William Arpin Bachelor of Science in Biomedical Engineering Thesis Portfolio

Arpin, William, School of Engineering and Applied Science, University of Virginia
Fitzgerald, Gerard, EN-Engineering and Society, University of Virginia

In our study, we aimed to develop a novel method for continuous and non-invasive monitoring of blood coagulation during open heart surgeries. The goal was to reduce the reliance on bolus heparin injections by providing real-time feedback on clotting status. Leveraging Doppler velocimetry, we created a mathematical model to visualize velocity profiles of blood flow through a model heart-lung machine—an essential component in cardiac surgery that redirects blood flow while allowing surgeons unobstructed access to the heart. Our proof-of-concept testing focused on demonstrating how velocity profiles become blunter as blood clots. We analyzed frequency shifts and phase shifts. The frequency shift—from 4.09 ± 0.62 MHz to 3.21 ± 0.11 MHz —supported Doppler principles, decreasing as blood moved away from the transducer. However, due to the wide bandwidth, the wall echo frequency was different from the expected 5 MHz of the transducer, and the shift was much larger than expected. It is believed that this issue stems from the large bandwidth of the pulser. Regarding phase shift, initial observations showed none. Yet, further investigation revealed that the discrepancy resulted from a low sampling rate. By comparing velocity profiles with simulated data at 40 times the sampling rate used in the experiment, we confirmed the presence of phase shifts. Our findings pave the way for integrating this innovative approach into routine cardiac surgery practice, enhancing patient safety and surgical outcomes.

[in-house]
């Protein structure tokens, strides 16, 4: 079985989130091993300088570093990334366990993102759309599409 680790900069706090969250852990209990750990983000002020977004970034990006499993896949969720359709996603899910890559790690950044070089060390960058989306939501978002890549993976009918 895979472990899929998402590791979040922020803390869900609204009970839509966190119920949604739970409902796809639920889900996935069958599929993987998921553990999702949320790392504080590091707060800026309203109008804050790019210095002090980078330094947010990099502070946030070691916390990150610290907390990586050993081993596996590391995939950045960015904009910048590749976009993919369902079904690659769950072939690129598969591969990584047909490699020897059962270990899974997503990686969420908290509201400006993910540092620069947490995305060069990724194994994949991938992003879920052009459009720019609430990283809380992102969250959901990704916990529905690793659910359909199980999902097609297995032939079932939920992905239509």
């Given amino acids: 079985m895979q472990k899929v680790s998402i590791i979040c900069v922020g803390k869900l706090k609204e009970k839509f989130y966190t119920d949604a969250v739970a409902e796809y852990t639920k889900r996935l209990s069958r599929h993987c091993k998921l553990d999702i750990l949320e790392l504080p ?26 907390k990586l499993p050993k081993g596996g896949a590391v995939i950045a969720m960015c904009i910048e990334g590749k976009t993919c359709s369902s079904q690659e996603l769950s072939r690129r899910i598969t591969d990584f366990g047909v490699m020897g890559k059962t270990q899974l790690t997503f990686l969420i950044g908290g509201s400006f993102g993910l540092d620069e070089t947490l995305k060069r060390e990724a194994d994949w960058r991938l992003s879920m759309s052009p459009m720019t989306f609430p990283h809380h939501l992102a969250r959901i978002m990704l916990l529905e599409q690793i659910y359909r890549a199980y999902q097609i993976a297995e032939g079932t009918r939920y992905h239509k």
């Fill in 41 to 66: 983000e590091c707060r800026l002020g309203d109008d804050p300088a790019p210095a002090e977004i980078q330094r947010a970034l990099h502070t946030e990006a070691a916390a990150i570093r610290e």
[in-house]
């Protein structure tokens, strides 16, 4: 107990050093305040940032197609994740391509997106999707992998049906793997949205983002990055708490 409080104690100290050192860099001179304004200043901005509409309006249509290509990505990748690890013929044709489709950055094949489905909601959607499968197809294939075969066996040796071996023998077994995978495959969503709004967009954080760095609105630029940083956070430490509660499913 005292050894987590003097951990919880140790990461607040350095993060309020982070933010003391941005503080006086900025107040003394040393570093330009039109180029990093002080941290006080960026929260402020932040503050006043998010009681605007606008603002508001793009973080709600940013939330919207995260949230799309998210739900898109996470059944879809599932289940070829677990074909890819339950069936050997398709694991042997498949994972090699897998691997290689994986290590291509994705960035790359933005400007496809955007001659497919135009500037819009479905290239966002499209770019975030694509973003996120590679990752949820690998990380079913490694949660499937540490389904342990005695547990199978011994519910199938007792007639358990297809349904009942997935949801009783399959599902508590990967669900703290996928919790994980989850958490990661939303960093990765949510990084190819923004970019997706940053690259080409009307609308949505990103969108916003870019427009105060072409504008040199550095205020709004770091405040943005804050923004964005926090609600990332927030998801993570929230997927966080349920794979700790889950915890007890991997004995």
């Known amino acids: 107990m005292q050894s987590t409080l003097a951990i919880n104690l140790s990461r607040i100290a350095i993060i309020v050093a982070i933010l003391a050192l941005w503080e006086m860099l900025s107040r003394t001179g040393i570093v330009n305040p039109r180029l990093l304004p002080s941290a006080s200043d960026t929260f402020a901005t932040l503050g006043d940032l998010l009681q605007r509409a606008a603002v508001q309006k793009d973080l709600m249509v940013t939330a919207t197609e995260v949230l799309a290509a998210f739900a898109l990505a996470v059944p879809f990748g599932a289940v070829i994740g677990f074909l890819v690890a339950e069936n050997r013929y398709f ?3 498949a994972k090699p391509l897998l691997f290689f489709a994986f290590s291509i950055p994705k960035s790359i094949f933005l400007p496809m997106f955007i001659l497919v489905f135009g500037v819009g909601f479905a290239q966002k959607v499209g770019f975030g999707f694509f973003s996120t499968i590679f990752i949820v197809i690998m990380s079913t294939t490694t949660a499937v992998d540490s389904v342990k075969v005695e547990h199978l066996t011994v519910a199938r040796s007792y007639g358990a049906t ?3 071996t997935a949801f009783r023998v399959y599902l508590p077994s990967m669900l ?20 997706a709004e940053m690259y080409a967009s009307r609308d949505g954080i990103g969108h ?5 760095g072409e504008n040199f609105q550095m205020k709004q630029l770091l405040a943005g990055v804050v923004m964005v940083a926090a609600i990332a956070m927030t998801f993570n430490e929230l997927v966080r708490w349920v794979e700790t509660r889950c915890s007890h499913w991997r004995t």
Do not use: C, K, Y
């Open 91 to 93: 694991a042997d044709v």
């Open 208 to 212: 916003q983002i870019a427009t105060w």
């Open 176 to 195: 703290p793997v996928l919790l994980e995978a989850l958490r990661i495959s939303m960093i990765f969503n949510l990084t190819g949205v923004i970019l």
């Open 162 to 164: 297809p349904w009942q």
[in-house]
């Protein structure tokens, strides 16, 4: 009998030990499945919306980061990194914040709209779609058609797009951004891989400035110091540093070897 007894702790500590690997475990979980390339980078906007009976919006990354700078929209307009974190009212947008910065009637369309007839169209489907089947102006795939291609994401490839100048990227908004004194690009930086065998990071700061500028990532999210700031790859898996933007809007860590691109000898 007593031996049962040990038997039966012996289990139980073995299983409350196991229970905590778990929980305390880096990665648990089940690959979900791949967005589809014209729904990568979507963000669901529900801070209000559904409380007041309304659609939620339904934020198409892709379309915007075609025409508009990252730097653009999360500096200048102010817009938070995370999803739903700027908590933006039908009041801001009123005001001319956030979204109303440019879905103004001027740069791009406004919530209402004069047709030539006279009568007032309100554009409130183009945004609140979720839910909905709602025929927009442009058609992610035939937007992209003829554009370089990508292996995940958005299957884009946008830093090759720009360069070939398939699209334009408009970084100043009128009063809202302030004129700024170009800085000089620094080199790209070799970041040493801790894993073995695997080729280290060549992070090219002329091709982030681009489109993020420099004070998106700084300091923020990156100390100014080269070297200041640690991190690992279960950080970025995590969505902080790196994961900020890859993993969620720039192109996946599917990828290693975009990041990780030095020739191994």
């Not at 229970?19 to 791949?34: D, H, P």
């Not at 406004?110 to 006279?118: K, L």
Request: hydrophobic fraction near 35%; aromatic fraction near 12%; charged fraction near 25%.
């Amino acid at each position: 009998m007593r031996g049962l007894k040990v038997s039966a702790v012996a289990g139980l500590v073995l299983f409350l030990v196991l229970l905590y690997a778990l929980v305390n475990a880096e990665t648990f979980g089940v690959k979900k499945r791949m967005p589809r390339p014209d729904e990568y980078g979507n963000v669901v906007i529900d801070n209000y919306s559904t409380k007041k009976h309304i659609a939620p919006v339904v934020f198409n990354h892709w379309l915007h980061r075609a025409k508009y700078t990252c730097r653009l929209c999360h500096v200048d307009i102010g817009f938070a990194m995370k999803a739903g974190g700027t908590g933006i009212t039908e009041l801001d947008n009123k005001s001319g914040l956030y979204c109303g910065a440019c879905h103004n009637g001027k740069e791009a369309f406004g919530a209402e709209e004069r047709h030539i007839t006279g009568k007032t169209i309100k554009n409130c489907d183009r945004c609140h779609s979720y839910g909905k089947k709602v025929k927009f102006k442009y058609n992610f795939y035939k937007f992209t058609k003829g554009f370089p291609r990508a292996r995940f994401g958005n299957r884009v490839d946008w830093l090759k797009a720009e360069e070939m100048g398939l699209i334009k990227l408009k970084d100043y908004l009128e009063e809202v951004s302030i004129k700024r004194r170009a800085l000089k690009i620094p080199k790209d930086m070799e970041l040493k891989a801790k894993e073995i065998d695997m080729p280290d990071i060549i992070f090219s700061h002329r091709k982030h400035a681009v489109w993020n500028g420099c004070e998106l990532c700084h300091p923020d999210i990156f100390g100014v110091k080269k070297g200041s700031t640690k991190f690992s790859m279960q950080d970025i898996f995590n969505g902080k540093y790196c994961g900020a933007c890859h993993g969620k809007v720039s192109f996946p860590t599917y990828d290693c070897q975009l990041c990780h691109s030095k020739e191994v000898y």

BS (Bachelor of Science)
All rights reserved (no additional license for public reuse)
Issued Date: